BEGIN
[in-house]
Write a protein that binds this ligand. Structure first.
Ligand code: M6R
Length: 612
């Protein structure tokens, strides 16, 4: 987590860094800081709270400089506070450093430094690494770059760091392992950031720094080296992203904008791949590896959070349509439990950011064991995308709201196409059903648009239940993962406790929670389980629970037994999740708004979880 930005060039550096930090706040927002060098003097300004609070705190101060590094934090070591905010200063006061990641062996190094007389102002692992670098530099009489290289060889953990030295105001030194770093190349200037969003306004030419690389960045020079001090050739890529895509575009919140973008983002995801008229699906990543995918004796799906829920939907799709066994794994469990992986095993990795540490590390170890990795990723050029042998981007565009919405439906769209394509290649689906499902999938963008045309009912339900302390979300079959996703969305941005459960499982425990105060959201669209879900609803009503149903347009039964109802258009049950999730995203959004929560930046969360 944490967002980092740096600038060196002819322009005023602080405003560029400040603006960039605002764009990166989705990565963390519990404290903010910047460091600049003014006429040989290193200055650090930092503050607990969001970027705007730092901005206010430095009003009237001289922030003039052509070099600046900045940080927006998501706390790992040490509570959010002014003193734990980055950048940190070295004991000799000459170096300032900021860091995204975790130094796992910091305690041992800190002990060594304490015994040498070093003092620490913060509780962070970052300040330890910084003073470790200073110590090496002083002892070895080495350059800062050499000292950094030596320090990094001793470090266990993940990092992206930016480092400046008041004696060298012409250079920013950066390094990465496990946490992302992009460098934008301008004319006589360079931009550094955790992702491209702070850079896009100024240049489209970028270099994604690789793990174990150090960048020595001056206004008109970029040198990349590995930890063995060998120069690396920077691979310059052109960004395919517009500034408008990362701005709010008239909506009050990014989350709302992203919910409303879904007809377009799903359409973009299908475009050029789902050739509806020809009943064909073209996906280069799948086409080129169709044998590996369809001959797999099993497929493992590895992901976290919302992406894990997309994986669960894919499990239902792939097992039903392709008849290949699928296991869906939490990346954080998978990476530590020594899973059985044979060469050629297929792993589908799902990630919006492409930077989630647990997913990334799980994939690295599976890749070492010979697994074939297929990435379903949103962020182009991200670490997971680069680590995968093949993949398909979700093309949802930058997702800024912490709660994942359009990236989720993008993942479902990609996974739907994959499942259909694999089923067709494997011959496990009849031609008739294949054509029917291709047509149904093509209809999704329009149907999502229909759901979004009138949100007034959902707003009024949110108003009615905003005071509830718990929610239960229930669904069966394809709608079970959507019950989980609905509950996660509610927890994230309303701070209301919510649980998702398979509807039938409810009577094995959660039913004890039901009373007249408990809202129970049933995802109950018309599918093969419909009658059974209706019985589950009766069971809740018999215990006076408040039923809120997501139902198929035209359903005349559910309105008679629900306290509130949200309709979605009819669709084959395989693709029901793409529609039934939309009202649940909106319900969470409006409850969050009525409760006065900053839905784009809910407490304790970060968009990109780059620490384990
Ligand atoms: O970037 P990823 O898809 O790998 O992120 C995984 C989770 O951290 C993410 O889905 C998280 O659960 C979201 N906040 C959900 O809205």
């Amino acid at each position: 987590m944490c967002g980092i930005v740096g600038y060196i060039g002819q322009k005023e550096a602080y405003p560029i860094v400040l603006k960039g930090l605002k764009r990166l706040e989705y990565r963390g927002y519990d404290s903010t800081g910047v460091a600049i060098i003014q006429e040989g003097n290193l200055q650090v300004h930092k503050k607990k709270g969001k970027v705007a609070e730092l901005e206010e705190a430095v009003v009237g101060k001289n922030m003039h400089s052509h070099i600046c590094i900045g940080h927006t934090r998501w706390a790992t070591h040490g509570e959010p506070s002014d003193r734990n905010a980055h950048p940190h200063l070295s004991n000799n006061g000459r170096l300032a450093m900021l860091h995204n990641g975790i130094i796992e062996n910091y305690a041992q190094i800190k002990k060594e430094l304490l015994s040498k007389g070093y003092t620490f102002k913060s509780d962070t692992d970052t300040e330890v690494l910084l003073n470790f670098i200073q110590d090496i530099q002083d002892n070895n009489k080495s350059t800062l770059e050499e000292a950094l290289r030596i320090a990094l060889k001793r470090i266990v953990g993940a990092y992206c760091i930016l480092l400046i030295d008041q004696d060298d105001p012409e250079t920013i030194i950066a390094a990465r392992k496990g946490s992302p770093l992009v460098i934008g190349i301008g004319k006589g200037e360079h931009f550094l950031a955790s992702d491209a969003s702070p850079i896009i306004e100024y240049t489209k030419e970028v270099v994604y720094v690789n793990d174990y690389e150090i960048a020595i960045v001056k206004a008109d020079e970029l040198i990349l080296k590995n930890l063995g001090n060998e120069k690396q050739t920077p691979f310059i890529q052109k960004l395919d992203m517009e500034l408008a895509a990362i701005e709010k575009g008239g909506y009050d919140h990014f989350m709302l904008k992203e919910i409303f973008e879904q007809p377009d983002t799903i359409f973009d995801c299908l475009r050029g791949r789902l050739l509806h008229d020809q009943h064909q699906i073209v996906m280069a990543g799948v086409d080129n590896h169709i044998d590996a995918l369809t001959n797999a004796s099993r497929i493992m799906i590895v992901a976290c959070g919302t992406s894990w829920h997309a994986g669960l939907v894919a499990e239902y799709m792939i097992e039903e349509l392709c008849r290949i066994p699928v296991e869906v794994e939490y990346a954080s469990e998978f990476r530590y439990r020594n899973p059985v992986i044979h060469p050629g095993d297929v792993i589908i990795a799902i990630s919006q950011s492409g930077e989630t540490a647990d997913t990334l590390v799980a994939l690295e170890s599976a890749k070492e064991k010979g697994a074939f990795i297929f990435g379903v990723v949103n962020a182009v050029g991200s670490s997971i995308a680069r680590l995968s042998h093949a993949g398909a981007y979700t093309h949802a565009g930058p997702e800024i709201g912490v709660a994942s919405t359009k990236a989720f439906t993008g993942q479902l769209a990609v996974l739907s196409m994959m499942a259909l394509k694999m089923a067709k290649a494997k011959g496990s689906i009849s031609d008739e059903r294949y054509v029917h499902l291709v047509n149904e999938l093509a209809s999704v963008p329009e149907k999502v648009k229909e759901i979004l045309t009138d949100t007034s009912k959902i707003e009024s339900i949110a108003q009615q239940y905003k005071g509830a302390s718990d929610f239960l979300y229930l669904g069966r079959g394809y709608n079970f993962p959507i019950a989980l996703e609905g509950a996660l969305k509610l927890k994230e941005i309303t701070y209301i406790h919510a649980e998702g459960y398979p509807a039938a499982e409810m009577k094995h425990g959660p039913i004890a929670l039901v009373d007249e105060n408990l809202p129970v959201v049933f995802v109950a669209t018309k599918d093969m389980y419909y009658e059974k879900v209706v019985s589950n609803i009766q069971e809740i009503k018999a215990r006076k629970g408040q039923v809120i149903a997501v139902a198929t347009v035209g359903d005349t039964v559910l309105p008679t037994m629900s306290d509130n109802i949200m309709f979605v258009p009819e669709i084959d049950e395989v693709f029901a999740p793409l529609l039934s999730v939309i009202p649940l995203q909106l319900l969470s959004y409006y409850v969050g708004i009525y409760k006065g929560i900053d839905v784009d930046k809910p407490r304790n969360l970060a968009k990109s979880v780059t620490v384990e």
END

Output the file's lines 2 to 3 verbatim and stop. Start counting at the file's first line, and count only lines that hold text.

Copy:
Write a protein that binds this ligand. Structure first.
Ligand code: M6R